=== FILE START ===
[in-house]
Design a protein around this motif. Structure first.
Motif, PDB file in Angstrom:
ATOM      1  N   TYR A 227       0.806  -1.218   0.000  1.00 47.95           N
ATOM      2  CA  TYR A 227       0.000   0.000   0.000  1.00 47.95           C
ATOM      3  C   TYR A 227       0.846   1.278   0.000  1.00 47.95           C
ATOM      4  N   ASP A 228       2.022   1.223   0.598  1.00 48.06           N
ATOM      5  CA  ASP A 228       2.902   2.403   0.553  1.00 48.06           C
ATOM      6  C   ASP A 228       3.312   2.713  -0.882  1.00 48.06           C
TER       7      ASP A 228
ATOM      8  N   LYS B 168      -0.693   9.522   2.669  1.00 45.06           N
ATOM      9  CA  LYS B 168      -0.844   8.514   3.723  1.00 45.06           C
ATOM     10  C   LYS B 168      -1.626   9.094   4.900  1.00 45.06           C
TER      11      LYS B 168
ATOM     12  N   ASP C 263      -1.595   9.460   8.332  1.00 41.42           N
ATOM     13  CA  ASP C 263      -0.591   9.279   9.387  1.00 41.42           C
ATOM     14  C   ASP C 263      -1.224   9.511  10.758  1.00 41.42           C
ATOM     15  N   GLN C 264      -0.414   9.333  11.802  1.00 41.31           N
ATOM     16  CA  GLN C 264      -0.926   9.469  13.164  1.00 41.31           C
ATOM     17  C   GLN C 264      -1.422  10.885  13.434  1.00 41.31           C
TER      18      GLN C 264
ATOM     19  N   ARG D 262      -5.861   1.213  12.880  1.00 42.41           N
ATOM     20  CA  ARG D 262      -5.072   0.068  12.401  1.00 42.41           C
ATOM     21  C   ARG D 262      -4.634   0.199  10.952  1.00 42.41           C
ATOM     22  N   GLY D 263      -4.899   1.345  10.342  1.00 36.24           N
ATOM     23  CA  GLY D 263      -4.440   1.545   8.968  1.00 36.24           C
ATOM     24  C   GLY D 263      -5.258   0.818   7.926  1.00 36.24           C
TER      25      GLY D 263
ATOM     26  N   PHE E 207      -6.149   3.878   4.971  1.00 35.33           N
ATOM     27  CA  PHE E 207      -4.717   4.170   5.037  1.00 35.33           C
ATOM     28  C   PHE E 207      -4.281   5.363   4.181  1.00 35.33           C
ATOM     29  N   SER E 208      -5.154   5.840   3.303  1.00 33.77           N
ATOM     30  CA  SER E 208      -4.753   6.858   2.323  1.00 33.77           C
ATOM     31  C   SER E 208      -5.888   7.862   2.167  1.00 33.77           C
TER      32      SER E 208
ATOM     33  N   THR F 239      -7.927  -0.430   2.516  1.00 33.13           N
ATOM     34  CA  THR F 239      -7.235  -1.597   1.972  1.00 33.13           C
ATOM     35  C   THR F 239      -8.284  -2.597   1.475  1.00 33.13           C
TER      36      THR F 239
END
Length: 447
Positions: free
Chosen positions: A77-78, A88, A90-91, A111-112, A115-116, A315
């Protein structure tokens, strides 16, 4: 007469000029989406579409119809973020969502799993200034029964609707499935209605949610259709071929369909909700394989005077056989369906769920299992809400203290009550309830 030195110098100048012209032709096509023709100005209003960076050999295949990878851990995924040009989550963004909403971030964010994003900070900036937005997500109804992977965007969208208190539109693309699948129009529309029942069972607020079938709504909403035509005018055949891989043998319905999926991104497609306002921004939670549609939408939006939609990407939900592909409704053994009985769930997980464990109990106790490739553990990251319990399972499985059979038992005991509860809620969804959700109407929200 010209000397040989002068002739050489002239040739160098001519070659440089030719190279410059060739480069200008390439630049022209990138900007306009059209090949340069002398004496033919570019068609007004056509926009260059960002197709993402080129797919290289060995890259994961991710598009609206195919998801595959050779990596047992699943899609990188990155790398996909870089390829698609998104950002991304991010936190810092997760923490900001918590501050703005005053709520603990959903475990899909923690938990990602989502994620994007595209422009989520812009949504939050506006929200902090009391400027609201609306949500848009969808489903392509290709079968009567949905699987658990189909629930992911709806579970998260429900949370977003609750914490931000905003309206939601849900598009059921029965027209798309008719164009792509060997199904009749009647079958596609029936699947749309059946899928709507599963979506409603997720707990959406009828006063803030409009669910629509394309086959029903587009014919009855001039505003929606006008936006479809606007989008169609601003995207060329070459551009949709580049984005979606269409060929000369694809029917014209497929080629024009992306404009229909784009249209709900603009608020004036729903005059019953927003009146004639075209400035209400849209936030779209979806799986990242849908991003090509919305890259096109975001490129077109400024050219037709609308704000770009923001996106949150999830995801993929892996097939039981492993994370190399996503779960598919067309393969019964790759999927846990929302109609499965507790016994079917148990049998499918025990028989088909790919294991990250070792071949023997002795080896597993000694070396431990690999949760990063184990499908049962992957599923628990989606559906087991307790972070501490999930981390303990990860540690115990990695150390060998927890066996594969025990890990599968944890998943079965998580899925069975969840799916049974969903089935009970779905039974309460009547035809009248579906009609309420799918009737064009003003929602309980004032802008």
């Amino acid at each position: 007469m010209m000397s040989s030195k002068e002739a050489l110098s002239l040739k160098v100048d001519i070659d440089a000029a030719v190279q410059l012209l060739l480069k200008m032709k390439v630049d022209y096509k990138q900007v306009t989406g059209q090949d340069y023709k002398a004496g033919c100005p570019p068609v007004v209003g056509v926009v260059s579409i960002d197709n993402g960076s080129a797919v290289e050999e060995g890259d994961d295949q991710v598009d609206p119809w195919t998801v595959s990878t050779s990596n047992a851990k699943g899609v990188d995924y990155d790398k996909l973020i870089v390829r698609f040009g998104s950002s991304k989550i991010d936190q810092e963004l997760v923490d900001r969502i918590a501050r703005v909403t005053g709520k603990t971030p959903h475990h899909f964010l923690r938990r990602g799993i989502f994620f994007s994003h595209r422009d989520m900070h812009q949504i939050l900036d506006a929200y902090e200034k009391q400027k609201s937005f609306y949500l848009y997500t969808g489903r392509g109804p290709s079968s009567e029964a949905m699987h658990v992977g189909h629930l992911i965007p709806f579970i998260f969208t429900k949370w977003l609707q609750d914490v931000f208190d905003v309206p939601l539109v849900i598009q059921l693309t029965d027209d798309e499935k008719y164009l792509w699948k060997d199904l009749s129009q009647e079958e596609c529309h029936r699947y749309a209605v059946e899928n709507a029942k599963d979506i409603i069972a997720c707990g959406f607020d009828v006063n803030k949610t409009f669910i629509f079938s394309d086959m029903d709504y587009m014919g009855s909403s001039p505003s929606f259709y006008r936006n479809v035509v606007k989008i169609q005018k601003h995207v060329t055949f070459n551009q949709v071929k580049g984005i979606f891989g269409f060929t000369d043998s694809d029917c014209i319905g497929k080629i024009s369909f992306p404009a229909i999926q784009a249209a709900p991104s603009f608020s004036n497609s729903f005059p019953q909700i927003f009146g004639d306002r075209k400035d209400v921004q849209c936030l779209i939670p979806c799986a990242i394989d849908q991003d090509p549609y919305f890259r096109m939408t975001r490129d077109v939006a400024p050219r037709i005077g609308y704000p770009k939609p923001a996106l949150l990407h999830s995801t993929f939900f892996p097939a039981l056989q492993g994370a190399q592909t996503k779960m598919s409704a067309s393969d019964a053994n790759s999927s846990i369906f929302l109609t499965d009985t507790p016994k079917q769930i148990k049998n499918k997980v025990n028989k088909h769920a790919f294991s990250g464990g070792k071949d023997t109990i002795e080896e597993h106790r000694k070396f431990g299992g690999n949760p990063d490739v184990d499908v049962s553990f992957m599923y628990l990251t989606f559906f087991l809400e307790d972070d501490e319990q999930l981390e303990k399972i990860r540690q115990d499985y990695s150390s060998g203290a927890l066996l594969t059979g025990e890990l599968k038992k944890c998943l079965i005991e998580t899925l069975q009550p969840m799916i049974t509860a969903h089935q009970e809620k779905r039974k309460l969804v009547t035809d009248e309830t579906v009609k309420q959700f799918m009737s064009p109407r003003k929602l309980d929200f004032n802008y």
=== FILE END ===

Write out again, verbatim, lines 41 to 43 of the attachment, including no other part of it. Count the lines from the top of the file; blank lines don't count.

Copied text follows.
Length: 447
Positions: free
Chosen positions: A77-78, A88, A90-91, A111-112, A115-116, A315